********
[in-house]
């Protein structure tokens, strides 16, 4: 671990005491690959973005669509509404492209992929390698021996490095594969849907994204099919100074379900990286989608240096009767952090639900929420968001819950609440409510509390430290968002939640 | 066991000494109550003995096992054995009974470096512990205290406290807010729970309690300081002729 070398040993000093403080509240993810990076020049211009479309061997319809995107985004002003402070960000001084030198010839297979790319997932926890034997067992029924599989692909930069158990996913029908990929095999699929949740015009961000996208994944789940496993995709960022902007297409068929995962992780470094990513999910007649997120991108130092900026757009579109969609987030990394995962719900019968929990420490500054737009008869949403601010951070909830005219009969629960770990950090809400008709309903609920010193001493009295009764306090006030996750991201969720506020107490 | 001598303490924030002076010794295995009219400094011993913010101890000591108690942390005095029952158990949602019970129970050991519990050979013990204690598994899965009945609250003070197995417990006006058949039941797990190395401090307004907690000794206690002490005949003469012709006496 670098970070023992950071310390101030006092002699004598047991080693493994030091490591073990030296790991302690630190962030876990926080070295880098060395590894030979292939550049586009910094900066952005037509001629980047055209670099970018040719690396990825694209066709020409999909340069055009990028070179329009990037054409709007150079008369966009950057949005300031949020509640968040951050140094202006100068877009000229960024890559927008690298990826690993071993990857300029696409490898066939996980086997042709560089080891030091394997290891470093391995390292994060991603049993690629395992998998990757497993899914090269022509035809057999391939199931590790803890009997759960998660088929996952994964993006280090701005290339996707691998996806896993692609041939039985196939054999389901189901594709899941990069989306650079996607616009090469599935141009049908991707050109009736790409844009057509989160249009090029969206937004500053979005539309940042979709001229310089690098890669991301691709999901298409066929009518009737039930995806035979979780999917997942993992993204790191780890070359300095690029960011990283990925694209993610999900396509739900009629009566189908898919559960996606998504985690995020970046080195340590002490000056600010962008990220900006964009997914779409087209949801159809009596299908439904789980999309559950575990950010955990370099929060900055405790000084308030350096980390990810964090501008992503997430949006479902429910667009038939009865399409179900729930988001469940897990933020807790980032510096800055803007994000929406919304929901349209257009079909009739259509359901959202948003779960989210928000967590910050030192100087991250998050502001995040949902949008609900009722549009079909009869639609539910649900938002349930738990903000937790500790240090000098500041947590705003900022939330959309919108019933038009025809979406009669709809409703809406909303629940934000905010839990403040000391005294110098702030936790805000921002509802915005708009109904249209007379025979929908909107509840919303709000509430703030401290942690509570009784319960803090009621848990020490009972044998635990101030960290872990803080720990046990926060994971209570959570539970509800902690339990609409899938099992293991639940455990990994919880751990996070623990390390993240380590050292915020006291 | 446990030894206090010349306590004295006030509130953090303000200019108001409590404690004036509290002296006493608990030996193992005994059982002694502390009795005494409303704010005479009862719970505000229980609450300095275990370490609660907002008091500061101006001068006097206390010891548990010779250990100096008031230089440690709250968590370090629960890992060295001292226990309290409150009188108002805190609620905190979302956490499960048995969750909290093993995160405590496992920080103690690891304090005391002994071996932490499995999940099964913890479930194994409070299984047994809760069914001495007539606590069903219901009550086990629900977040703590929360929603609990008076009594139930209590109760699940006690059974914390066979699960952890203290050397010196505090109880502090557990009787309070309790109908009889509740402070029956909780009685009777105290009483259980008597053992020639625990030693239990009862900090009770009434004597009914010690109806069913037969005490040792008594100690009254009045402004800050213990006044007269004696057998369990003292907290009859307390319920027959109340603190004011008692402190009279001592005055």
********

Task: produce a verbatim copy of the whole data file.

[in-house]
């Protein structure tokens, strides 16, 4: 671990005491690959973005669509509404492209992929390698021996490095594969849907994204099919100074379900990286989608240096009767952090639900929420968001819950609440409510509390430290968002939640 | 066991000494109550003995096992054995009974470096512990205290406290807010729970309690300081002729 070398040993000093403080509240993810990076020049211009479309061997319809995107985004002003402070960000001084030198010839297979790319997932926890034997067992029924599989692909930069158990996913029908990929095999699929949740015009961000996208994944789940496993995709960022902007297409068929995962992780470094990513999910007649997120991108130092900026757009579109969609987030990394995962719900019968929990420490500054737009008869949403601010951070909830005219009969629960770990950090809400008709309903609920010193001493009295009764306090006030996750991201969720506020107490 | 001598303490924030002076010794295995009219400094011993913010101890000591108690942390005095029952158990949602019970129970050991519990050979013990204690598994899965009945609250003070197995417990006006058949039941797990190395401090307004907690000794206690002490005949003469012709006496 670098970070023992950071310390101030006092002699004598047991080693493994030091490591073990030296790991302690630190962030876990926080070295880098060395590894030979292939550049586009910094900066952005037509001629980047055209670099970018040719690396990825694209066709020409999909340069055009990028070179329009990037054409709007150079008369966009950057949005300031949020509640968040951050140094202006100068877009000229960024890559927008690298990826690993071993990857300029696409490898066939996980086997042709560089080891030091394997290891470093391995390292994060991603049993690629395992998998990757497993899914090269022509035809057999391939199931590790803890009997759960998660088929996952994964993006280090701005290339996707691998996806896993692609041939039985196939054999389901189901594709899941990069989306650079996607616009090469599935141009049908991707050109009736790409844009057509989160249009090029969206937004500053979005539309940042979709001229310089690098890669991301691709999901298409066929009518009737039930995806035979979780999917997942993992993204790191780890070359300095690029960011990283990925694209993610999900396509739900009629009566189908898919559960996606998504985690995020970046080195340590002490000056600010962008990220900006964009997914779409087209949801159809009596299908439904789980999309559950575990950010955990370099929060900055405790000084308030350096980390990810964090501008992503997430949006479902429910667009038939009865399409179900729930988001469940897990933020807790980032510096800055803007994000929406919304929901349209257009079909009739259509359901959202948003779960989210928000967590910050030192100087991250998050502001995040949902949008609900009722549009079909009869639609539910649900938002349930738990903000937790500790240090000098500041947590705003900022939330959309919108019933038009025809979406009669709809409703809406909303629940934000905010839990403040000391005294110098702030936790805000921002509802915005708009109904249209007379025979929908909107509840919303709000509430703030401290942690509570009784319960803090009621848990020490009972044998635990101030960290872990803080720990046990926060994971209570959570539970509800902690339990609409899938099992293991639940455990990994919880751990996070623990390390993240380590050292915020006291 | 446990030894206090010349306590004295006030509130953090303000200019108001409590404690004036509290002296006493608990030996193992005994059982002694502390009795005494409303704010005479009862719970505000229980609450300095275990370490609660907002008091500061101006001068006097206390010891548990010779250990100096008031230089440690709250968590370090629960890992060295001292226990309290409150009188108002805190609620905190979302956490499960048995969750909290093993995160405590496992920080103690690891304090005391002994071996932490499995999940099964913890479930194994409070299984047994809760069914001495007539606590069903219901009550086990629900977040703590929360929603609990008076009594139930209590109760699940006690059974914390066979699960952890203290050397010196505090109880502090557990009787309070309790109908009889509740402070029956909780009685009777105290009483259980008597053992020639625990030693239990009862900090009770009434004597009914010690109806069913037969005490040792008594100690009254009045402004800050213990006044007269004696057998369990003292907290009859307390319920027959109340603190004011008692402190009279001592005055």